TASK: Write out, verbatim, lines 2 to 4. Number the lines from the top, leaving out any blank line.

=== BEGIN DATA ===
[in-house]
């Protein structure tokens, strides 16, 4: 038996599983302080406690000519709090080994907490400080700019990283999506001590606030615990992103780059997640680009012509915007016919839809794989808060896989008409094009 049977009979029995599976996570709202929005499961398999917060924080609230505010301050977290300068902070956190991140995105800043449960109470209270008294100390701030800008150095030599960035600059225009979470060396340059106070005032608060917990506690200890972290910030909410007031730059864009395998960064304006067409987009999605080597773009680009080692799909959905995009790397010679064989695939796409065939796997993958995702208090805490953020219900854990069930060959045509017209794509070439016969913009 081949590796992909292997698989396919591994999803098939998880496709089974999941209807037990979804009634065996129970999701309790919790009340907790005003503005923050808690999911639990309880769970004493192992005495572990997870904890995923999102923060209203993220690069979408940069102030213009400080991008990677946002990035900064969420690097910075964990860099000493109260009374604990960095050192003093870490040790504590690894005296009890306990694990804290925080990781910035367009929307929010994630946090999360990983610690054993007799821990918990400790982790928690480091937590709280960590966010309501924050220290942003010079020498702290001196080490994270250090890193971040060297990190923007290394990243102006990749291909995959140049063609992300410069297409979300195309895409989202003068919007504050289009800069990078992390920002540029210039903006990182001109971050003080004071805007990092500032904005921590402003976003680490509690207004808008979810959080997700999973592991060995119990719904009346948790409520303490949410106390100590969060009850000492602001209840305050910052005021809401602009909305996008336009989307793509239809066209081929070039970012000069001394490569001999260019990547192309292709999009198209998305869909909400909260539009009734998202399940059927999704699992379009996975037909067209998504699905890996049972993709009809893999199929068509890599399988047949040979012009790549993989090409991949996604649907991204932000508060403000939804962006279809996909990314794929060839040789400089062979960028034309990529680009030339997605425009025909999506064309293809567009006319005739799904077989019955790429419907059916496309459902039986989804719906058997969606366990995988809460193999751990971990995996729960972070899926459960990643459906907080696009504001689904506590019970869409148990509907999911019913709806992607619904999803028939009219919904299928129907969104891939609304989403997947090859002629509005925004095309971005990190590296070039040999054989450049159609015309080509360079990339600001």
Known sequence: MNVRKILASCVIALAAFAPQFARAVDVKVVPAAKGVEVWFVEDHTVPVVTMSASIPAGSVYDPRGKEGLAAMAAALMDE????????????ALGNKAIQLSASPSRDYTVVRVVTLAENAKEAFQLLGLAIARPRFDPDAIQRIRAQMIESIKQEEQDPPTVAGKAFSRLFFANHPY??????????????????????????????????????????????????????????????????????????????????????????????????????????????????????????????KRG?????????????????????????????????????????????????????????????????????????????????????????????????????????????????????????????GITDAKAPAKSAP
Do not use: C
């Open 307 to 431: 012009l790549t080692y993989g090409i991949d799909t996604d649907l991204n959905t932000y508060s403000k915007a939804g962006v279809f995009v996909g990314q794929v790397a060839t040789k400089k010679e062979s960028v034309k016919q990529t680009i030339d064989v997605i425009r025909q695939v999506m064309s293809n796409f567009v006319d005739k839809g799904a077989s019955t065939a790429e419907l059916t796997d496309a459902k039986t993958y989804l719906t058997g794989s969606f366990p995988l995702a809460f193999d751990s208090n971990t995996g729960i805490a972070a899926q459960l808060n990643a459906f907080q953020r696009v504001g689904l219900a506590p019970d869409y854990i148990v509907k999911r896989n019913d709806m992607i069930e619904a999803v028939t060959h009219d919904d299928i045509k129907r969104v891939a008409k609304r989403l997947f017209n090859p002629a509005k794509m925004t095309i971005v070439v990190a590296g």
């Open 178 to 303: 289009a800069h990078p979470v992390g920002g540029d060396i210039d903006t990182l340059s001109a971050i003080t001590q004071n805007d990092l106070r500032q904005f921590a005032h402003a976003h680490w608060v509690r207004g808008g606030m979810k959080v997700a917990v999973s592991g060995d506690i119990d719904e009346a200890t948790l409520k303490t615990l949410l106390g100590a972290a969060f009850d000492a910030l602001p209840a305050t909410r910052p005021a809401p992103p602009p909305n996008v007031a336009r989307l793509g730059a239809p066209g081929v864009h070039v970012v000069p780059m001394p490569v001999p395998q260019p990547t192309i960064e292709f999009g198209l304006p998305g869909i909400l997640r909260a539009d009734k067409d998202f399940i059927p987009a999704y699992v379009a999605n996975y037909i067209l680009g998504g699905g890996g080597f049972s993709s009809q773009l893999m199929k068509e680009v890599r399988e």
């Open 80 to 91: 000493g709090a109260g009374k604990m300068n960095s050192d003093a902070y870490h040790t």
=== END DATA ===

């Protein structure tokens, strides 16, 4: 038996599983302080406690000519709090080994907490400080700019990283999506001590606030615990992103780059997640680009012509915007016919839809794989808060896989008409094009 049977009979029995599976996570709202929005499961398999917060924080609230505010301050977290300068902070956190991140995105800043449960109470209270008294100390701030800008150095030599960035600059225009979470060396340059106070005032608060917990506690200890972290910030909410007031730059864009395998960064304006067409987009999605080597773009680009080692799909959905995009790397010679064989695939796409065939796997993958995702208090805490953020219900854990069930060959045509017209794509070439016969913009 081949590796992909292997698989396919591994999803098939998880496709089974999941209807037990979804009634065996129970999701309790919790009340907790005003503005923050808690999911639990309880769970004493192992005495572990997870904890995923999102923060209203993220690069979408940069102030213009400080991008990677946002990035900064969420690097910075964990860099000493109260009374604990960095050192003093870490040790504590690894005296009890306990694990804290925080990781910035367009929307929010994630946090999360990983610690054993007799821990918990400790982790928690480091937590709280960590966010309501924050220290942003010079020498702290001196080490994270250090890193971040060297990190923007290394990243102006990749291909995959140049063609992300410069297409979300195309895409989202003068919007504050289009800069990078992390920002540029210039903006990182001109971050003080004071805007990092500032904005921590402003976003680490509690207004808008979810959080997700999973592991060995119990719904009346948790409520303490949410106390100590969060009850000492602001209840305050910052005021809401602009909305996008336009989307793509239809066209081929070039970012000069001394490569001999260019990547192309292709999009198209998305869909909400909260539009009734998202399940059927999704699992379009996975037909067209998504699905890996049972993709009809893999199929068509890599399988047949040979012009790549993989090409991949996604649907991204932000508060403000939804962006279809996909990314794929060839040789400089062979960028034309990529680009030339997605425009025909999506064309293809567009006319005739799904077989019955790429419907059916496309459902039986989804719906058997969606366990995988809460193999751990971990995996729960972070899926459960990643459906907080696009504001689904506590019970869409148990509907999911019913709806992607619904999803028939009219919904299928129907969104891939609304989403997947090859002629509005925004095309971005990190590296070039040999054989450049159609015309080509360079990339600001």
Known sequence: MNVRKILASCVIALAAFAPQFARAVDVKVVPAAKGVEVWFVEDHTVPVVTMSASIPAGSVYDPRGKEGLAAMAAALMDE????????????ALGNKAIQLSASPSRDYTVVRVVTLAENAKEAFQLLGLAIARPRFDPDAIQRIRAQMIESIKQEEQDPPTVAGKAFSRLFFANHPY??????????????????????????????????????????????????????????????????????????????????????????????????????????????????????????????KRG?????????????????????????????????????????????????????????????????????????????????????????????????????????????????????????????GITDAKAPAKSAP
Do not use: C